The U.S. trade deficit widened in December, more than expected, to its highest level in six months as imports outpaced exports, government figures showed on Friday.

The Commerce Department said the trade gap increased to $48.8 billion in December, from $47.1 billion in November, as goods imports climbed to the highest level since July 2008. Imports increased $3.0 billion to $227.6 billion and exports increased $1.2 billion to $178.8 billion.

Economists had expected the deficit to widen to $48.0 billion.

For the full year, the trade gap widened 11.6 percent to $558 billion from $500.0 billion in 2010. Exports of goods and services grew 14.5 percent to a record $2.1 trillion while imports advanced 13.8 percent to a record $2.7 trillion.

A wider deficit shows that more goods and services bought by American businesses and consumers were produced outside the country, subtracting from gross domestic product.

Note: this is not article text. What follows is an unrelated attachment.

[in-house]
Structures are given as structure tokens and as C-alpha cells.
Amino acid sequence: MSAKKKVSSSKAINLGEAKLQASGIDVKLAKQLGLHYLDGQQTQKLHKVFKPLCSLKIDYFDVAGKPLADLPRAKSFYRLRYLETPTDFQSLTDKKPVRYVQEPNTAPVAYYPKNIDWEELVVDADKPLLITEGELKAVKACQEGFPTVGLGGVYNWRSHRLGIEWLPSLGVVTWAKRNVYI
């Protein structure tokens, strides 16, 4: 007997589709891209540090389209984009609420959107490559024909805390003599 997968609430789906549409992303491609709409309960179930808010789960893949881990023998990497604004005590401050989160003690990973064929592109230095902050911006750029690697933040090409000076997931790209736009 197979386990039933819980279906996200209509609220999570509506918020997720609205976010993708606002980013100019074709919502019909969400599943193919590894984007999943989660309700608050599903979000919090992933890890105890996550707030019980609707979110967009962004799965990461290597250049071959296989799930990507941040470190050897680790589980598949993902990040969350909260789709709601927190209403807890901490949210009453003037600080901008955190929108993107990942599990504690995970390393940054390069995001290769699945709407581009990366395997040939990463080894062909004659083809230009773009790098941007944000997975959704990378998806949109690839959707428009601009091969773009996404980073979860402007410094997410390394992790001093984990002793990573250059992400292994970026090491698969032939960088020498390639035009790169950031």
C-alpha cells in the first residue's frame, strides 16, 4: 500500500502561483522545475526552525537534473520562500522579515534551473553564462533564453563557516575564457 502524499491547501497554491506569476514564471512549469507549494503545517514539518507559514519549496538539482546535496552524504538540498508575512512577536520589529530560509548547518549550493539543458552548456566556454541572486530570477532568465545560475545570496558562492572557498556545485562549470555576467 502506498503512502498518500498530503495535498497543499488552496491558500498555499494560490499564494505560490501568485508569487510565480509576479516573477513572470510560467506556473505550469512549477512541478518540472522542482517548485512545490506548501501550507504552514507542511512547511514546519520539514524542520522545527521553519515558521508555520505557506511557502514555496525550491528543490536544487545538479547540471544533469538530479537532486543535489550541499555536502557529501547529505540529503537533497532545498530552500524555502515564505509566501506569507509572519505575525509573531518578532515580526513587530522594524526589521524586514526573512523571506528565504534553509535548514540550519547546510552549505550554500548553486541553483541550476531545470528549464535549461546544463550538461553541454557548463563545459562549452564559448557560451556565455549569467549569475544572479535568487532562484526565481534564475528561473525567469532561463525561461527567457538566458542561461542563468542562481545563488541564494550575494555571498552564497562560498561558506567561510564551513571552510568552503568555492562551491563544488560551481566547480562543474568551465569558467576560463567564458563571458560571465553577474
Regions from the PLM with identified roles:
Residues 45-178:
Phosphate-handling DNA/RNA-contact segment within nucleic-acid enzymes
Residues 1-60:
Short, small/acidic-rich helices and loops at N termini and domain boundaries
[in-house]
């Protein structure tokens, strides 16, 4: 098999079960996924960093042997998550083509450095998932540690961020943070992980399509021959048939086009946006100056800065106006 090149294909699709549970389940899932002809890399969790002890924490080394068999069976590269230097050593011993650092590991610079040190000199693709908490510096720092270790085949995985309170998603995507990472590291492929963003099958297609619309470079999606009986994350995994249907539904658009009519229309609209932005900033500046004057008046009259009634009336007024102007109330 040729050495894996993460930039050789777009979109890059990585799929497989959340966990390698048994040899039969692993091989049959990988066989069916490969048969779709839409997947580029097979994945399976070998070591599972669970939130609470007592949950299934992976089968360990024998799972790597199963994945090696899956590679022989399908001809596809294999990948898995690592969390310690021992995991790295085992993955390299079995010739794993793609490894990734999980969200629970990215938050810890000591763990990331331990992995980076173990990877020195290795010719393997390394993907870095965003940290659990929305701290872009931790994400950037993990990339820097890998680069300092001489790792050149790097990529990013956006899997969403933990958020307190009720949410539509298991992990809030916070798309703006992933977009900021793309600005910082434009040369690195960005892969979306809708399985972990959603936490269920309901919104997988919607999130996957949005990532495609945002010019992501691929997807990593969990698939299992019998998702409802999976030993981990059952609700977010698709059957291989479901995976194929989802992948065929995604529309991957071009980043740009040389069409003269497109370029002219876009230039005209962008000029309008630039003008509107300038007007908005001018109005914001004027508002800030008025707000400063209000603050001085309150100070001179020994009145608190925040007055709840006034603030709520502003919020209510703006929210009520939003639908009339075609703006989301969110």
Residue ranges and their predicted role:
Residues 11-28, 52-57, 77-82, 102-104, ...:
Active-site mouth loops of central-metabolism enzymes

The department said the November-to-December increase in exports reflected higher sales of industrial supplies and materials; automotive vehicles, parts, and engines, and foods, feeds and beverages. Auto imports rose to the highest level since 2007.

The increase in imports reflected mostly $1 billion more for capital goods and $0.9 billion more for consumer goods.

Crude oil imports were up 3 percent in December, totaling $29.3 billion.

The monthly report also showed that the U.S. trade deficit with China hit a record high for 2011, climbing 8.2 percent to $295.46 billion. Although December saw the trade deficit with China narrow 13.9 percent to $23.14 billion, as exports in U.S.'s second largest trading partner slipped 2.3 percent and imports dropped 10.8 percent.